I inherited most of the tools I own from my grandfather and my uncle, and
with their tools I got a number of oilstones ranging from fairly coarse all
the way up through an extremely hard and fine translucent Arkansas stone.
(BTW - This may be the only time I will ever beat Todd's price on something,
since free beats $3. Even the fancy boxes were free - I made them out of
pallet wood. But I digress.) The coarser stones were badly cupped, and
while they were fine for chisels (you just needed to control the angle of
attack to keep the blade in a locally flat region), they were starting to be
a real problem for plane irons. I tried a bunch of things (short of
actually spending money), but what finally worked was just rubbing two of
the stones together until they were both flat. This does take a while and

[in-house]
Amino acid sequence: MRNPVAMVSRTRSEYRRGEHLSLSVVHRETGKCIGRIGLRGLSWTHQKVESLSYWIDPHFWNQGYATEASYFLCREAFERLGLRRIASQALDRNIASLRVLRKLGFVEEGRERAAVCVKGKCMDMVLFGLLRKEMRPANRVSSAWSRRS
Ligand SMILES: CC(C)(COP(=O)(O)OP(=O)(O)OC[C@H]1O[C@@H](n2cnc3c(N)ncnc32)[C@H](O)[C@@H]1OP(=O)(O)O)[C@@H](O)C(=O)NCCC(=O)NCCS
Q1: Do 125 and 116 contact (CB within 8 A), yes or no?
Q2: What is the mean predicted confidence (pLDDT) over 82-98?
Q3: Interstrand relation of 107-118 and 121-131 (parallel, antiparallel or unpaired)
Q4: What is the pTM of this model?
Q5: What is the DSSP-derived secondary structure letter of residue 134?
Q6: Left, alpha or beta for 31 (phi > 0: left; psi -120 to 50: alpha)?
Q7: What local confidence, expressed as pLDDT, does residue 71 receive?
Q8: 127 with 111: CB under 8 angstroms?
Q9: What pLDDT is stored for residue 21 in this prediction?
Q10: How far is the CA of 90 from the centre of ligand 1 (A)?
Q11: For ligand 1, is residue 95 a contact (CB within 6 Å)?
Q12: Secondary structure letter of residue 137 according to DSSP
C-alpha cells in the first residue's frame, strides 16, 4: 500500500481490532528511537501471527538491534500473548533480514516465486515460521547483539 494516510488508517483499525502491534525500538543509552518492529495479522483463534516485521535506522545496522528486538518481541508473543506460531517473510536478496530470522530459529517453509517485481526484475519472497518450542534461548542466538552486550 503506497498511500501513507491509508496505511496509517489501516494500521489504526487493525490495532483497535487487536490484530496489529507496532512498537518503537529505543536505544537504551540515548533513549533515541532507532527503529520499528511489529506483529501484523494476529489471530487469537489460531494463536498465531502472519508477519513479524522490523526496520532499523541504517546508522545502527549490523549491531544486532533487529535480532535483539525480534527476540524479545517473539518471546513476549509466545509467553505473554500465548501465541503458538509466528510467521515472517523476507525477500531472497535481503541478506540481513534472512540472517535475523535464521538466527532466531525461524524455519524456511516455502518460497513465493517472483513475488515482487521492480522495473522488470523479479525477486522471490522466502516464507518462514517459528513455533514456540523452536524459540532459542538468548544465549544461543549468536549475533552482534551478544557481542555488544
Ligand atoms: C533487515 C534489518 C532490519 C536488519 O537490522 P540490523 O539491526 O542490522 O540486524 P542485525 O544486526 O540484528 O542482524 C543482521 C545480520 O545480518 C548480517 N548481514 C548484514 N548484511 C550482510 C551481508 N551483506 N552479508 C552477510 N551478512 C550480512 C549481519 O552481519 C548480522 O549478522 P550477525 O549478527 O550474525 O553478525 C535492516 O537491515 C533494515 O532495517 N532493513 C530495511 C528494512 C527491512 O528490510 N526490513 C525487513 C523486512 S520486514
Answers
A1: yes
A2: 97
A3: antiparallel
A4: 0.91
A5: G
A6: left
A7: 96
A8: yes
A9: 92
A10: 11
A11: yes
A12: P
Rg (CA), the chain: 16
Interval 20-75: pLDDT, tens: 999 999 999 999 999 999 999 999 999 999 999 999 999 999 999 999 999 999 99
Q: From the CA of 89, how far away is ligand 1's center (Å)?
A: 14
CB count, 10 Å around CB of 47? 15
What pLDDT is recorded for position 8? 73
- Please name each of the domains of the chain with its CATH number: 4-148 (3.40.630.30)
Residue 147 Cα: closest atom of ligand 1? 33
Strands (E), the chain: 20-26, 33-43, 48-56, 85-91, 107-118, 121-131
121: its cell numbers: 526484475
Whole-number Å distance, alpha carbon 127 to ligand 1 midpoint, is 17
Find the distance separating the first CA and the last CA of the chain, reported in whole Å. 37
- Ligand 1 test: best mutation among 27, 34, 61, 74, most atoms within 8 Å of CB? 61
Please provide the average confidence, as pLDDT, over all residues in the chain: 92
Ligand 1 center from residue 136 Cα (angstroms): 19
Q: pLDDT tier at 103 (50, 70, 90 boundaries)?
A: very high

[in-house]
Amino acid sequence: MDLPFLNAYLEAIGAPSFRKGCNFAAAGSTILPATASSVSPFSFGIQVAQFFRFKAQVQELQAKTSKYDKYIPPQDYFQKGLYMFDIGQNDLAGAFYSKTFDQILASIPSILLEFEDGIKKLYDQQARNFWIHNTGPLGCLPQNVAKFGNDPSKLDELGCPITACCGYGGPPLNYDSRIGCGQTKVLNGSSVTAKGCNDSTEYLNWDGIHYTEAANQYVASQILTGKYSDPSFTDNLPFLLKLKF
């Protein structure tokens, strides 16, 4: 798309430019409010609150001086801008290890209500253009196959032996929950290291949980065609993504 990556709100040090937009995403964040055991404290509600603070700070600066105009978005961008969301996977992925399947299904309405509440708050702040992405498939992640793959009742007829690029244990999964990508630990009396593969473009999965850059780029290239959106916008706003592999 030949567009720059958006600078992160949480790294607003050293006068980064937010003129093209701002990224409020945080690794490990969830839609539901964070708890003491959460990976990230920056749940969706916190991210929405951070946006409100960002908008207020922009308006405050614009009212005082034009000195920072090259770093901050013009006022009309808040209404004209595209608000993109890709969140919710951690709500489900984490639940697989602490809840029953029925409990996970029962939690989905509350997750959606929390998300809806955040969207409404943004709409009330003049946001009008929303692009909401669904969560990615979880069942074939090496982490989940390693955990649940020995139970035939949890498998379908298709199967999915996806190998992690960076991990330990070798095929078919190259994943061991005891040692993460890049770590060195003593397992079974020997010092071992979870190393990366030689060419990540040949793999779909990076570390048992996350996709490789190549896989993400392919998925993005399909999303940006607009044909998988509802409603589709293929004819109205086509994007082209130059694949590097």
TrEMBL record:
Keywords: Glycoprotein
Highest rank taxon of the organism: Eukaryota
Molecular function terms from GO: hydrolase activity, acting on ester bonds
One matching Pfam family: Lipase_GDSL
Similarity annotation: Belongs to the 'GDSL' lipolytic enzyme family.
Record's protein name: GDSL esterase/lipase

you do have to be careful not to turn a cupped stone into a convex stone,
but if you keep checking your progress with a straightedge, you can't go
wrong. I didn't verify the flatness with a laser beam or anything, but they
passed my straightedge test and they seem to work fine for plane irons now.
These stones and an old hand grinder with an extremely coarse 5" wheel for
rough shaping (also free - scavenged from a friend's grandfather's basement)
are all I use.
> Greetings all,
> With the recent discussion on flattening stones, what about oilstones.
> I use ss and waterstones, but got a couple of oilstones thrown in with a
> recent garage sale purchase (old workmutt, I never had one before) I
> thought oilstones were suppose to remain fairly flat, but at least one
> of these needs some work. It looks like they're in the medium grit range
> beneath the gunk. Is there a best method for flattening them?
> Janet Fisher
> yes, still here, now on the west coast of Fla.
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